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cause they are procured by forbidden means, and have a culpable object, but because they are effected by the magnetic power, must for the same reason believe that all magnetic phenomena whatever are sorcery, and the work of the devil.
"Magnetism is an unknown property of a heavenly nature; very much resembling the influence of the stars, and not at all restrained by any boundaries of space. He, therefore, who avails himself of a magnetic means undertakes a Godpleasing business, which has in both worlds, by one order and in equal degree, the same conductor. Therefore, even the relics have a greater power when they are carried about and touched; as it is necessary to carry the magnet, to rub it, or touch it that it, may attract" (p. 712.)
"That which Paracelsus has done is therefore far from being evil. For he has placed aloft magnetism, which was unknown to the aneients, as an actuality indispensable to the enquiry into things and a fundamental study of nature; has placed it aloft as the most enlightening and fruitful of sciences, when it had in all schools been laid aside as utterly barren. He is, therefore, to be considered the monarch who has dragged forth all the secrets of all his predecessors, and we must value him highly, if we will not, as ignorant judges, join with haters of all good deeds in slandering him.
"Every created being possesses his own celestial power, and is allied to heaven. Therefore, it is no wonder if the astral spirits of men show themselves after death still wandering about. The outward man is animal, and yet, notwithstanding, the true image of God. If, therefore, God acts through a hint or a word, man must be able to do the same, if he be God's true image. This is not alone the property of God-the devil, too, though the most abandoned of beings, moves by a mere will bodies from their place. This original power must, therefore, belong to the inner man, if he will represent the spirit of God, and not of a frivolous being. And if we call this a magic power, the uninstructed only can be terrified by the expression. But if you prefer it, you can call it a spiritual power, (spirituale robur vocitaveris). About the name I do not trouble myself; but I am accustomed to contemplate the thing itself as near as I can. There is, therefore, such a
magic power in the inner man.
But as there exists a certain
relationship between the inner and the outer man, this strength must be diffused through the whole man, only that it is more active in the soul than in the body" (1. c. p. 720). "This magic power of man, which thus can operate externally, lies, as it were, hidden in the inner man. It sleeps and acts, without being awakened, like one drunken in us daily. This magical wisdom and strength thus sleeps, but by a mere suggestion is roused into activity, and becomes more living the more the outer man of the flesh and the darkness is repressed. While, however, that outward man reposes in sleep, dreams sometimes of a prophetic nature come, and God is on that account frequently nearer to man in sleep than in waking" (1. c. p. 722).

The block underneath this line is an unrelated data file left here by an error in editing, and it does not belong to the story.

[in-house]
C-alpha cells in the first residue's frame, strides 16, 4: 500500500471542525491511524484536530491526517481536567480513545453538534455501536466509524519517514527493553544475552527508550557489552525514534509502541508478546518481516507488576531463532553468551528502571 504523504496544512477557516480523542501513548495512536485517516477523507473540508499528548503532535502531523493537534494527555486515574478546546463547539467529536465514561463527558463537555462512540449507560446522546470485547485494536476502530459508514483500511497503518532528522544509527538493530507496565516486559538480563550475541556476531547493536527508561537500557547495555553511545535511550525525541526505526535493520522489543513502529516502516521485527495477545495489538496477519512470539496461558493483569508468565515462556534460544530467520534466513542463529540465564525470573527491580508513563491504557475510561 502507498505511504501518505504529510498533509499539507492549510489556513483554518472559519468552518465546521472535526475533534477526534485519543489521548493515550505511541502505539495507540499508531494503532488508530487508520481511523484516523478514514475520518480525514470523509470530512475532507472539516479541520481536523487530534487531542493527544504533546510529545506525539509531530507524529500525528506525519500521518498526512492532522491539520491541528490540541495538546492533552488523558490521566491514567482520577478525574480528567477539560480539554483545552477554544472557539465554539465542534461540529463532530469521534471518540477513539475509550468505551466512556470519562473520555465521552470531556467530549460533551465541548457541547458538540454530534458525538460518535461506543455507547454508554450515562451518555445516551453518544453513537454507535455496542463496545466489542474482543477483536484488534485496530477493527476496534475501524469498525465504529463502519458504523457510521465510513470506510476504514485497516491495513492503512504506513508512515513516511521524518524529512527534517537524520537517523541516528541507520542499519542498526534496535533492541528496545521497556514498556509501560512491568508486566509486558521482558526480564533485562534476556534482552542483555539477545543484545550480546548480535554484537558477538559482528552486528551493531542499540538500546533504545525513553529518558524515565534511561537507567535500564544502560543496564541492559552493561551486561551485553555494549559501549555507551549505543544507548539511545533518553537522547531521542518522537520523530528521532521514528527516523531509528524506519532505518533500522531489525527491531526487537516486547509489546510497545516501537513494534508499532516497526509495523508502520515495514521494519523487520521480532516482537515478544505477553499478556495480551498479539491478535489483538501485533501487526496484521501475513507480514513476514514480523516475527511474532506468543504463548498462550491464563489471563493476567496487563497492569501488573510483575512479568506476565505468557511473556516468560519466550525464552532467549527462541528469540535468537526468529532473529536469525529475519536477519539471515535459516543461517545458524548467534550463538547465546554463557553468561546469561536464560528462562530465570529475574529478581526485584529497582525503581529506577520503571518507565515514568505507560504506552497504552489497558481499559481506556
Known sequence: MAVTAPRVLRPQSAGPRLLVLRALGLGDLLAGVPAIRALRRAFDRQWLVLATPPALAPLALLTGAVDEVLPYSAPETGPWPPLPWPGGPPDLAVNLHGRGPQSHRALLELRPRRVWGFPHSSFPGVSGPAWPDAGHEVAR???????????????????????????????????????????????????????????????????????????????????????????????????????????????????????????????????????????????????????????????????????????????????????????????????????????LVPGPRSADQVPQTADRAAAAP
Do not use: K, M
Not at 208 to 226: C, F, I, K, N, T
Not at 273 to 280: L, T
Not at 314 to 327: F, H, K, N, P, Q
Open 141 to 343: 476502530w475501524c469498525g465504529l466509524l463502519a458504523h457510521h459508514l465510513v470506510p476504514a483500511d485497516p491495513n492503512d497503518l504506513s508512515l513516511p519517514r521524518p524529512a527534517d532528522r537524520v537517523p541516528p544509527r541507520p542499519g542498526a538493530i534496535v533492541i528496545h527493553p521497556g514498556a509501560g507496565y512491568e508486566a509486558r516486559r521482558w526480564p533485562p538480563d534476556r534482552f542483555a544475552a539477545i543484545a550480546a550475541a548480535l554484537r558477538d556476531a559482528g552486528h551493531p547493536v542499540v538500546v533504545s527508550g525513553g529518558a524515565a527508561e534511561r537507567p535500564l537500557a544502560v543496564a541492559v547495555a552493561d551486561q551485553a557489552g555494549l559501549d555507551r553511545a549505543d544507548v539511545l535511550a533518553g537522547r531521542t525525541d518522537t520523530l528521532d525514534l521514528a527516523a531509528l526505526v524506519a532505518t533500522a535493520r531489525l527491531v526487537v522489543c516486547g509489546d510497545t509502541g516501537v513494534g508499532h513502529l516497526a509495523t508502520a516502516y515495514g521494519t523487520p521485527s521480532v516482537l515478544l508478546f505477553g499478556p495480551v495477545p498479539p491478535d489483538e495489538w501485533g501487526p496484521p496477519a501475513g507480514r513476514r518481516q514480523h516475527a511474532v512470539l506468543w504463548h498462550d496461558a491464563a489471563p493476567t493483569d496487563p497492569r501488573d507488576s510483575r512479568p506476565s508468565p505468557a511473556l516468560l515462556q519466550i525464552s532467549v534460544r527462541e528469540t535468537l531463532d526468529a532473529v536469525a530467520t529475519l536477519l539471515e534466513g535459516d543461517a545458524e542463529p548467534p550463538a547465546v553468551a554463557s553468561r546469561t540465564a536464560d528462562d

Therefore, all our contemplations, prayers, watches and fastings, all the castigations of our bodies, tend to the repression of the power of the flesh, and to maintain that divine and living spirit-strength in activity; and, therefore, should we praise God, who only in the spirit, that is, in the innermost heart of man, can be worshipped; and this, I say, the Cabbalistic art effects; it brings back to the soul that magical yet natural strength which like a startled sleep had left it."
"This natural strength is through sin gone to sleep in us, and it is necessary that it should be awoke up again. This may be effected either through the illumination of the Holy Ghost, or man can, through Cabbalistic art, procure it for himself at pleasure. These may be called goldmakers, but their guide is the spirit of God himself."
"This strength, I have said, is also in the outer man ; that is, in flesh and blood. Nay, not only in the outer man, to a degree also in the animals, and perhaps in all other things, as all things in the universe stand in a relation to each other; or at least God is in all things, as the ancients have observed with a worthy correctness. It is necessary that the magic strength should be awakened in the outer as well as in the inner man; but the devil has power only to awake what is in the outer man: in the inner, in the bottom of the soul, is that kingdom of God to which no created thing has entrance" (p. 725).
"I have also farther taught that between the spiritual powers there is an interchange; and, finally, I have endeavoured to show that man rules the physical creatures through his natural magic, and can use the strength of other things. "The magnetism of magnets, and of all other lifeless things, occurs through the natural feeling of accordance.
"Finally, magical power is, as it were, separated from the body, which is put in motion by the inner power of the soul; whence the mightiest events, the deepest impressions, and the most decisive effects proceed.
"I have hitherto avoided revealing the great secret, that the strength lies concealed in man, merely through the suggestion and power of the imagination to work outwardly, and to impress this strength on others, which then continues of itself, and operates on the remotest objects. Through this secret alone will all receive its true illumination,—all that has hitherto been brought together laboriously of the ideal being out of the spirit-all that has been said of the magnetism of all things-of the strength of the human soulof the magic of man, and of his dominion over the physical world" (p. 731).